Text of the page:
All in all it’s a time to conserve and take the necessary steps to ensure the longevity of your application. According to Ron Conway, startups should heed the same advice he gave in 2000 which includes: 

  • If you are in a funding cycle, you should raise your funding as soon as possible and raise as much as possible.
  • You must aggressively examine and pursue M&A opportunities (unless you have over 12 months of cash reserves!) ro insure you have critical mass (including funding, customers, rolodex power, market
    share, cash, synergy, etc.).
  • Be realistic on valuations – they will fall so be ready and willing to co-operate.
  • Look for corporate partners to invest so you can raise more money. You should also consider a sale of your company to your corporate partners.
  • While it’s safe to say entrepreneurs have had negotiating leverage with the “down draft” in the market, the VC community will start exercising their leverage.

For me I have two startups and three more on the way. None of these applications are funded and all of my “salary” is in equity which will require me to wait another 1-3 years. During this time I’ll continue to launch new and exciting applications but I also need to prepare for the unexpected. To accomplish this I’ll likely join/partner with a well funded startup/company where we can equally benefit during this exciting time. Interested?  My resume and my bio.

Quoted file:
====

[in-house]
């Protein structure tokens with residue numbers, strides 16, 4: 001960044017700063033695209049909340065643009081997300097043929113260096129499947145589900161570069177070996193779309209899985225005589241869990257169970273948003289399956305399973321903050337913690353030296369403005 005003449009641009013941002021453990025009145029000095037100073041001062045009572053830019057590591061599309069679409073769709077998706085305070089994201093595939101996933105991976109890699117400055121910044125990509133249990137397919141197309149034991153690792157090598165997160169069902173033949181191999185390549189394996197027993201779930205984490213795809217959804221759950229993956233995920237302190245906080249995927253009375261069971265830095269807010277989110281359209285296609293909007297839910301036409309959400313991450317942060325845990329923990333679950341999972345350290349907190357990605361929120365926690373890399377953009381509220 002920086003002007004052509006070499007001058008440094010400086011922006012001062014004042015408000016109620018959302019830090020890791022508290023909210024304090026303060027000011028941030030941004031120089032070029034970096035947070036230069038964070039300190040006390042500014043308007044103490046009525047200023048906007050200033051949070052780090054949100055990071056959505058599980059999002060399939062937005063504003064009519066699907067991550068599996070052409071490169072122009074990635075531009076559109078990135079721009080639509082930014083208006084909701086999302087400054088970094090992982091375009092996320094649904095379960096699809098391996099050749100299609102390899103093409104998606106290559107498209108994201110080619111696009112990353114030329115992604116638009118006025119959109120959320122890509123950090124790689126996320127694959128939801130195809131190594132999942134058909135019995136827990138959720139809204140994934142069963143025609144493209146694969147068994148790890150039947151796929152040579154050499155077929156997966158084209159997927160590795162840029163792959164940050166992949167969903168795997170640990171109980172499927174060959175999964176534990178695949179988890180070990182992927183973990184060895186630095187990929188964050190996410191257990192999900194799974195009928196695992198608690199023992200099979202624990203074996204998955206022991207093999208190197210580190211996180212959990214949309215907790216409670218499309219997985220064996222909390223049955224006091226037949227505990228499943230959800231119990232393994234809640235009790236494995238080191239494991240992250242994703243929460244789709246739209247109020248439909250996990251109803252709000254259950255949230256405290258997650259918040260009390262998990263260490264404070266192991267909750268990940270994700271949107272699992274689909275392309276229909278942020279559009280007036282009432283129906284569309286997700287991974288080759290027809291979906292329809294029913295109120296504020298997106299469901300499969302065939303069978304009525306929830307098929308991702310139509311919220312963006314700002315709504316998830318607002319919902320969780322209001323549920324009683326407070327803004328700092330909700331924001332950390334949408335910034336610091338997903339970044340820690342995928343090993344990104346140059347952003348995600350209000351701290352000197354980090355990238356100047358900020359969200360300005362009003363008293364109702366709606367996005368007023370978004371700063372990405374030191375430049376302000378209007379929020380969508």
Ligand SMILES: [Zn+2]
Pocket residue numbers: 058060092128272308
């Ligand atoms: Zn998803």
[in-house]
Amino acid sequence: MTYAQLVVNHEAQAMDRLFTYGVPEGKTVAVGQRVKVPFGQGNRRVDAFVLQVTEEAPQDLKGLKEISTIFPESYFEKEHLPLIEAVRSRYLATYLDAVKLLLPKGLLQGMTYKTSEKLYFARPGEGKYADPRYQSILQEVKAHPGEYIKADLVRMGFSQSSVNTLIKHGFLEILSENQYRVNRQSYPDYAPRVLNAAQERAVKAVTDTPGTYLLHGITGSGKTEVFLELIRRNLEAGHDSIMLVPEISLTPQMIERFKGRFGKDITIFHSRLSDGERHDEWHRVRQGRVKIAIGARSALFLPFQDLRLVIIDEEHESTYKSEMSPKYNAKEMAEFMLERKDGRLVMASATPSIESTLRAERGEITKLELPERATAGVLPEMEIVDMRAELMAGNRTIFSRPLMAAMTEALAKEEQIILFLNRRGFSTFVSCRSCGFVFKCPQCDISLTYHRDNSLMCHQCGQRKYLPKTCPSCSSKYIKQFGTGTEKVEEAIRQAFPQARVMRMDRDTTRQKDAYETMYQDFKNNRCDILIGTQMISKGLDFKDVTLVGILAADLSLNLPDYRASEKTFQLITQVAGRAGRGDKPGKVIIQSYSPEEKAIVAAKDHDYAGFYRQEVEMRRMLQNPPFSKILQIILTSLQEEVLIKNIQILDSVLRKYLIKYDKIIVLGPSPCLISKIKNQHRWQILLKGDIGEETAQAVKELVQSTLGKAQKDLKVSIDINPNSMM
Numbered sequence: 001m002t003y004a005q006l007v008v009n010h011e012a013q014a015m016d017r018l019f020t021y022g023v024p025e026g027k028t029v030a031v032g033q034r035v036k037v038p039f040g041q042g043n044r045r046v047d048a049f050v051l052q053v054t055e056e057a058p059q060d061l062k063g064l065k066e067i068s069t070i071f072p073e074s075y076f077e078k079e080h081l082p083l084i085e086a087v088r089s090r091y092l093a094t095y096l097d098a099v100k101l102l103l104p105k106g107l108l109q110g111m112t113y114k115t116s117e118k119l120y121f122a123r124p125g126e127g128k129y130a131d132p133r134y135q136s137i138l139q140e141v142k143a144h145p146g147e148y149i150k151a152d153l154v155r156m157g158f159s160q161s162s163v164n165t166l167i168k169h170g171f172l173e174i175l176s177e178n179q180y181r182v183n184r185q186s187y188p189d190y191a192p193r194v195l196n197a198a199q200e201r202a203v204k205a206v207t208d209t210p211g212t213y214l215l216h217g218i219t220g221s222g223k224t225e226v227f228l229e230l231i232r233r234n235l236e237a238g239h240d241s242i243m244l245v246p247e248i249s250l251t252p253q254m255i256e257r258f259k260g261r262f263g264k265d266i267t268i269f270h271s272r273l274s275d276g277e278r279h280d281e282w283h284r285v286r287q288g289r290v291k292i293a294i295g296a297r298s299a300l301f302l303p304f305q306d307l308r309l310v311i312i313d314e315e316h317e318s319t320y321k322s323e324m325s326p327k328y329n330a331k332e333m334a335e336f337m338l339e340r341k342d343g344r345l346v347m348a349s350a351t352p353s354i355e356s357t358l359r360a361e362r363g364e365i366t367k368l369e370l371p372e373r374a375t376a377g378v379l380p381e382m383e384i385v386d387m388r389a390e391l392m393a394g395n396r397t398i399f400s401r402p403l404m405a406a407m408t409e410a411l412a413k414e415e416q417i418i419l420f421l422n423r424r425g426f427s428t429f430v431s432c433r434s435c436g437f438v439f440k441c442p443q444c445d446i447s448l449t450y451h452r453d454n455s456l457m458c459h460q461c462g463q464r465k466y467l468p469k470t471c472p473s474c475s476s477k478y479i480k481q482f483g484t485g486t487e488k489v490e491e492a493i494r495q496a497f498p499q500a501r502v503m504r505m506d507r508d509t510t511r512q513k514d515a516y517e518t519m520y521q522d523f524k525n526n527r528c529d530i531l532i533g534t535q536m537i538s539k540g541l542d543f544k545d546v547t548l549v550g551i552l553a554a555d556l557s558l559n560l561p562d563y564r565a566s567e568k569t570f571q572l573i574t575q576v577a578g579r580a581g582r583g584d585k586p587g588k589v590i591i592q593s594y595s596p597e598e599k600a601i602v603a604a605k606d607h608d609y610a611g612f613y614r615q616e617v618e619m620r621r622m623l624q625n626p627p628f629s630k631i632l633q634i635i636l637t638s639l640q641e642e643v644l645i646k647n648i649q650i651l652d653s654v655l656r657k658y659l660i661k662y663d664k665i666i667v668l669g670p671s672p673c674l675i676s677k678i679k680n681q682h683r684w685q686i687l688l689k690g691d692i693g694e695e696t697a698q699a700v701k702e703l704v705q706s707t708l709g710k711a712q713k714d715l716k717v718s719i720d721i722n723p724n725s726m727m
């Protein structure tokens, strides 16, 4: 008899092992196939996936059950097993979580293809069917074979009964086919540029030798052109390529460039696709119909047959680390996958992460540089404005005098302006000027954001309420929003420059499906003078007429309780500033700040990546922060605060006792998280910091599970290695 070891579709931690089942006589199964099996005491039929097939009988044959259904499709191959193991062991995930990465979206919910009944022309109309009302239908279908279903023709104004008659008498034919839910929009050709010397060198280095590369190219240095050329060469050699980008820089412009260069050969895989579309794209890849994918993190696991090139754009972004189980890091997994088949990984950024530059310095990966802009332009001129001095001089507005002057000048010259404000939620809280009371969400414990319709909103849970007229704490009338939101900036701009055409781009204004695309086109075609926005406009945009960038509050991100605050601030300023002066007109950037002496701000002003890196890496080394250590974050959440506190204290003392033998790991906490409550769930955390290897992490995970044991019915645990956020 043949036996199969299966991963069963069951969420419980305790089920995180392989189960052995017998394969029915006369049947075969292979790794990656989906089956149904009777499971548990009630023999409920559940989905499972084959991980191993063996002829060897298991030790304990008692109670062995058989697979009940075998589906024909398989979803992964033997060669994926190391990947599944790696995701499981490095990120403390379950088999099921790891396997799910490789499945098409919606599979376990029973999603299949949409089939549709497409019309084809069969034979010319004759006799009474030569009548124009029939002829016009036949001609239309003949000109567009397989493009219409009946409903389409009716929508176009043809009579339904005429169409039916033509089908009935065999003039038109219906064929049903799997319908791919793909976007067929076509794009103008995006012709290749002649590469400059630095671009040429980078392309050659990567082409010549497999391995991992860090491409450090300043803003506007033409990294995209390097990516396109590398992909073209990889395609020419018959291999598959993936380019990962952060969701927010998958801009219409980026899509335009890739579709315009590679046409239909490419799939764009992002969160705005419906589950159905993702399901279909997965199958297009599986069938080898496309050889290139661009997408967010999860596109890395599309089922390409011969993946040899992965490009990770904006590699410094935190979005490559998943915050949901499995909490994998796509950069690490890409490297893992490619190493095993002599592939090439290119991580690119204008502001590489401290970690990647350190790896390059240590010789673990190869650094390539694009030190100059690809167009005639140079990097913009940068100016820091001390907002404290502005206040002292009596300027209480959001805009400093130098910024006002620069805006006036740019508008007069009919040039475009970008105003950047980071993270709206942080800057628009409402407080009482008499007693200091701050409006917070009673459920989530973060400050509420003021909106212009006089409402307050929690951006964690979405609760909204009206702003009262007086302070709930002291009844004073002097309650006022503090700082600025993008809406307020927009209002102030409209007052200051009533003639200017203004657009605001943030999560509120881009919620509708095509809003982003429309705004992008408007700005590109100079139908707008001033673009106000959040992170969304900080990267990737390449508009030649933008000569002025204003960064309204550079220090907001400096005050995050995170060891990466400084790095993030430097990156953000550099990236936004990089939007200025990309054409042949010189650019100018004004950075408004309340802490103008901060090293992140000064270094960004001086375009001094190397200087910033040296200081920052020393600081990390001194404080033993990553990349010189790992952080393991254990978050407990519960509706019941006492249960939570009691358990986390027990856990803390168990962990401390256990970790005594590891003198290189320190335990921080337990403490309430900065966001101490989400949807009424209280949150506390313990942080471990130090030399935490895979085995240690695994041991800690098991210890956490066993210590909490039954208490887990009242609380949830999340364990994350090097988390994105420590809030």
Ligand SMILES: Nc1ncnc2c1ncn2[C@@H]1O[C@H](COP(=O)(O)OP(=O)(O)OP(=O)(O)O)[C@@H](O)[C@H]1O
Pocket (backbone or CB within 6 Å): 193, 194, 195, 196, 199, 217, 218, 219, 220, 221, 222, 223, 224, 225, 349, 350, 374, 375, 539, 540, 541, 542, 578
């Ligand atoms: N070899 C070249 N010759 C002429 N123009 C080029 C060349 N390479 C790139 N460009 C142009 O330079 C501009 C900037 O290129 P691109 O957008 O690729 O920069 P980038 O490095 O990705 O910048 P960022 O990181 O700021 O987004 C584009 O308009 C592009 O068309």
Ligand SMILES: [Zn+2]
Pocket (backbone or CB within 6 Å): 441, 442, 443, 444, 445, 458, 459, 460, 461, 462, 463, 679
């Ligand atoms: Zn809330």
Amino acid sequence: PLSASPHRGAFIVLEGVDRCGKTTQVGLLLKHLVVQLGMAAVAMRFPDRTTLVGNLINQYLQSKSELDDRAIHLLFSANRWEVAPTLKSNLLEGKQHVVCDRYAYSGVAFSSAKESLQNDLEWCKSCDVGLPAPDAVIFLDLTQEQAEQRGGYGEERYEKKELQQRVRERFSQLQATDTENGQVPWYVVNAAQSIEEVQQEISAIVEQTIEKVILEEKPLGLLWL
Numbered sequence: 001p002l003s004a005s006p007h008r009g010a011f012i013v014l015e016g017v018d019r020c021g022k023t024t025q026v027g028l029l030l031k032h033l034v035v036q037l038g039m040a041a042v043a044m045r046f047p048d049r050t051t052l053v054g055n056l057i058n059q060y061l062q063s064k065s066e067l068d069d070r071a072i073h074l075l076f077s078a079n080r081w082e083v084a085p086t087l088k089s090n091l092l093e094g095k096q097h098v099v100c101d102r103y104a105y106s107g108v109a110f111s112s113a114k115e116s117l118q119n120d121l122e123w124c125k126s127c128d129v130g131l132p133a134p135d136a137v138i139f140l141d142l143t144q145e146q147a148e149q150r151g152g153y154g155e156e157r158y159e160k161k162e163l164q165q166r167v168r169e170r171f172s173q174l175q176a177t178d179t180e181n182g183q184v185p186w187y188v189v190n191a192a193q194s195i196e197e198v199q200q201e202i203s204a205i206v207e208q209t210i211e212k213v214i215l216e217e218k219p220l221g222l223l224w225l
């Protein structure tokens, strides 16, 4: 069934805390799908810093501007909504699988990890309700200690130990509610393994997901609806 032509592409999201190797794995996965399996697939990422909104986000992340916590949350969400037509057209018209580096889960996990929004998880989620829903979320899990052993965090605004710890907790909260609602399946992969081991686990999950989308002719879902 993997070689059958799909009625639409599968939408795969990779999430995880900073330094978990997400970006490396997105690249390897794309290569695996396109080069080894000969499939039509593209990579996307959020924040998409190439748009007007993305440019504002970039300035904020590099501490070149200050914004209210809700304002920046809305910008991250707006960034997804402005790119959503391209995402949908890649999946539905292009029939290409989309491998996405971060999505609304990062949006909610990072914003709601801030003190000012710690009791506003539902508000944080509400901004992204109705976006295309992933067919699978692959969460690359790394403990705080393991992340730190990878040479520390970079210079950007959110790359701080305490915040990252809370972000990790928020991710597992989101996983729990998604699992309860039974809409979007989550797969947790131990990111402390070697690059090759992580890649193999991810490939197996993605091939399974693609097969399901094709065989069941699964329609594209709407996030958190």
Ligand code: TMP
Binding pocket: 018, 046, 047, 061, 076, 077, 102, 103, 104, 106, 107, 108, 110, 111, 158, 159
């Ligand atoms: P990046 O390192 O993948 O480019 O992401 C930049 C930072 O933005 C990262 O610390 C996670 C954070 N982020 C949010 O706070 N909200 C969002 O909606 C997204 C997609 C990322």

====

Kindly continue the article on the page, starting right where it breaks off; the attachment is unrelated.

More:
It’s an exciting time because social and economic events create a snow ball of technological innovation. Innovation that can grow quickly and adapt efficiently. Whether this is the end of Web 2.0 or not doesn’t matter since no matter how you define it the next wave of innovation has just begun.

Comparing the Financial Performance of Startups

September 13, 2008 Leave a comment

Slide 7 from the Bizak presentation discussing our market and the need to make an apples to apples comparison of internet startups.

For the high quality version please click here

Getting An Idea Off the Ground

August 13, 2008 2 comments

I had two meetings yesterday both with two very interesting, intelligent and entrepreneurial guys.  The first meeting was with an individual who runs a search fund and is pursuing a leveraged buyout of an “offline” company with approximately $5 million in revenues.  Additionally he helps “brick and mortar” companies get off the ground.  Other than he works offline and I online we have very similar job functions in that we both nurture early stage startups.

The second meeting was with an individual who is a fountain of ideas for improving our web experiences as they relate to online content.  Even though both meetings were separate they actually could have fit together very nicely.  In the first meeting we discussed the need for a firm like TOKiBiz who can do a lot of the grunt work for venture capital and investment firms – that is weed through a lot of great local talent and ideas.  

To explain further, I meet with a steady flow of entrepreneurs who have energetic and creative ideas for making the web a better (and more profitable) place.  My role with these entrepreneurs is to help them get their idea off the ground and onto the web. Most of the work I do is before the seed financing stage of a business – that is we craft the business for them to present to investors.